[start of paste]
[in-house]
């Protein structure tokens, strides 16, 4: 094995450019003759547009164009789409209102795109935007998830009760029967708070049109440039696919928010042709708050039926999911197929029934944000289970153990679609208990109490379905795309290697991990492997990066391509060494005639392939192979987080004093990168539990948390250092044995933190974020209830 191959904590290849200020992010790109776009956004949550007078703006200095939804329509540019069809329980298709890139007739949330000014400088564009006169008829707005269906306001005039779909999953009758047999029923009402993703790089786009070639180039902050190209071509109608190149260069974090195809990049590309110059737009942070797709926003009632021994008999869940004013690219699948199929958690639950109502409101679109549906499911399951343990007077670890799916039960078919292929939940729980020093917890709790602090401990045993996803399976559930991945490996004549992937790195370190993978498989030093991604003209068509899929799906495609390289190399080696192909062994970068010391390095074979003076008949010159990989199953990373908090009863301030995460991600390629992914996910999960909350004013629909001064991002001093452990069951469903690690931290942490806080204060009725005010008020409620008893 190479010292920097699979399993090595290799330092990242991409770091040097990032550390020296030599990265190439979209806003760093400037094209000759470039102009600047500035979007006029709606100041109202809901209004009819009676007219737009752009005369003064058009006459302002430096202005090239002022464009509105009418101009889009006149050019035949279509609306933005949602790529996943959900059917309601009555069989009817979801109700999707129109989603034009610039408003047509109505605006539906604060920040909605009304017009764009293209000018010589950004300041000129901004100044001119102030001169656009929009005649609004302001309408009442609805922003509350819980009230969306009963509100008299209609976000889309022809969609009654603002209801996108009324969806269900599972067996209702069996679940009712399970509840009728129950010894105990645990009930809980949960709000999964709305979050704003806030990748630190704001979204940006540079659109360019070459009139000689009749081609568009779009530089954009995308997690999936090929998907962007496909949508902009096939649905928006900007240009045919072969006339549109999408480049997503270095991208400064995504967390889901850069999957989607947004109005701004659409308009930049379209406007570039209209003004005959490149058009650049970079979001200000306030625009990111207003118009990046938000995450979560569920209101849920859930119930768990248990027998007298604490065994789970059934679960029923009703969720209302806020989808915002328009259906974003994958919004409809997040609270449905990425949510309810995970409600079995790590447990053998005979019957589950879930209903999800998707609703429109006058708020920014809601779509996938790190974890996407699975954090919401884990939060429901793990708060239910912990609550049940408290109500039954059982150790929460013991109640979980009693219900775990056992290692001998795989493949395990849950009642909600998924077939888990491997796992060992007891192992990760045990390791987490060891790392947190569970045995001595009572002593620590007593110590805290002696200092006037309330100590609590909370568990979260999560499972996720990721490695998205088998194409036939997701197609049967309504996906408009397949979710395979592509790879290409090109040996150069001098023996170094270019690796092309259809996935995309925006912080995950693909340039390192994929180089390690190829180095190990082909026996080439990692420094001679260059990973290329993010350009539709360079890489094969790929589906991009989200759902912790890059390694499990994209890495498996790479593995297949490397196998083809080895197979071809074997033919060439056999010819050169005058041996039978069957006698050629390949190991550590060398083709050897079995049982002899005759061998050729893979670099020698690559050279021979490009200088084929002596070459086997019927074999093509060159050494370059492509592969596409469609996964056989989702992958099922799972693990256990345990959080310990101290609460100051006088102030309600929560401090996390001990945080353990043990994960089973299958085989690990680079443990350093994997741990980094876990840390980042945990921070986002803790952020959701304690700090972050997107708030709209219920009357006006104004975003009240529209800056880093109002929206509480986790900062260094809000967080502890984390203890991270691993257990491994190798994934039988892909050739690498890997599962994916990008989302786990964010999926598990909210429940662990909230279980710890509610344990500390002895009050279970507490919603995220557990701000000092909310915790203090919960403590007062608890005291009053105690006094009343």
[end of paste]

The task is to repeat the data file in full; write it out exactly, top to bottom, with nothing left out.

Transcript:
[in-house]
């Protein structure tokens, strides 16, 4: 094995450019003759547009164009789409209102795109935007998830009760029967708070049109440039696919928010042709708050039926999911197929029934944000289970153990679609208990109490379905795309290697991990492997990066391509060494005639392939192979987080004093990168539990948390250092044995933190974020209830 191959904590290849200020992010790109776009956004949550007078703006200095939804329509540019069809329980298709890139007739949330000014400088564009006169008829707005269906306001005039779909999953009758047999029923009402993703790089786009070639180039902050190209071509109608190149260069974090195809990049590309110059737009942070797709926003009632021994008999869940004013690219699948199929958690639950109502409101679109549906499911399951343990007077670890799916039960078919292929939940729980020093917890709790602090401990045993996803399976559930991945490996004549992937790195370190993978498989030093991604003209068509899929799906495609390289190399080696192909062994970068010391390095074979003076008949010159990989199953990373908090009863301030995460991600390629992914996910999960909350004013629909001064991002001093452990069951469903690690931290942490806080204060009725005010008020409620008893 190479010292920097699979399993090595290799330092990242991409770091040097990032550390020296030599990265190439979209806003760093400037094209000759470039102009600047500035979007006029709606100041109202809901209004009819009676007219737009752009005369003064058009006459302002430096202005090239002022464009509105009418101009889009006149050019035949279509609306933005949602790529996943959900059917309601009555069989009817979801109700999707129109989603034009610039408003047509109505605006539906604060920040909605009304017009764009293209000018010589950004300041000129901004100044001119102030001169656009929009005649609004302001309408009442609805922003509350819980009230969306009963509100008299209609976000889309022809969609009654603002209801996108009324969806269900599972067996209702069996679940009712399970509840009728129950010894105990645990009930809980949960709000999964709305979050704003806030990748630190704001979204940006540079659109360019070459009139000689009749081609568009779009530089954009995308997690999936090929998907962007496909949508902009096939649905928006900007240009045919072969006339549109999408480049997503270095991208400064995504967390889901850069999957989607947004109005701004659409308009930049379209406007570039209209003004005959490149058009650049970079979001200000306030625009990111207003118009990046938000995450979560569920209101849920859930119930768990248990027998007298604490065994789970059934679960029923009703969720209302806020989808915002328009259906974003994958919004409809997040609270449905990425949510309810995970409600079995790590447990053998005979019957589950879930209903999800998707609703429109006058708020920014809601779509996938790190974890996407699975954090919401884990939060429901793990708060239910912990609550049940408290109500039954059982150790929460013991109640979980009693219900775990056992290692001998795989493949395990849950009642909600998924077939888990491997796992060992007891192992990760045990390791987490060891790392947190569970045995001595009572002593620590007593110590805290002696200092006037309330100590609590909370568990979260999560499972996720990721490695998205088998194409036939997701197609049967309504996906408009397949979710395979592509790879290409090109040996150069001098023996170094270019690796092309259809996935995309925006912080995950693909340039390192994929180089390690190829180095190990082909026996080439990692420094001679260059990973290329993010350009539709360079890489094969790929589906991009989200759902912790890059390694499990994209890495498996790479593995297949490397196998083809080895197979071809074997033919060439056999010819050169005058041996039978069957006698050629390949190991550590060398083709050897079995049982002899005759061998050729893979670099020698690559050279021979490009200088084929002596070459086997019927074999093509060159050494370059492509592969596409469609996964056989989702992958099922799972693990256990345990959080310990101290609460100051006088102030309600929560401090996390001990945080353990043990994960089973299958085989690990680079443990350093994997741990980094876990840390980042945990921070986002803790952020959701304690700090972050997107708030709209219920009357006006104004975003009240529209800056880093109002929206509480986790900062260094809000967080502890984390203890991270691993257990491994190798994934039988892909050739690498890997599962994916990008989302786990964010999926598990909210429940662990909230279980710890509610344990500390002895009050279970507490919603995220557990701000000092909310915790203090919960403590007062608890005291009053105690006094009343």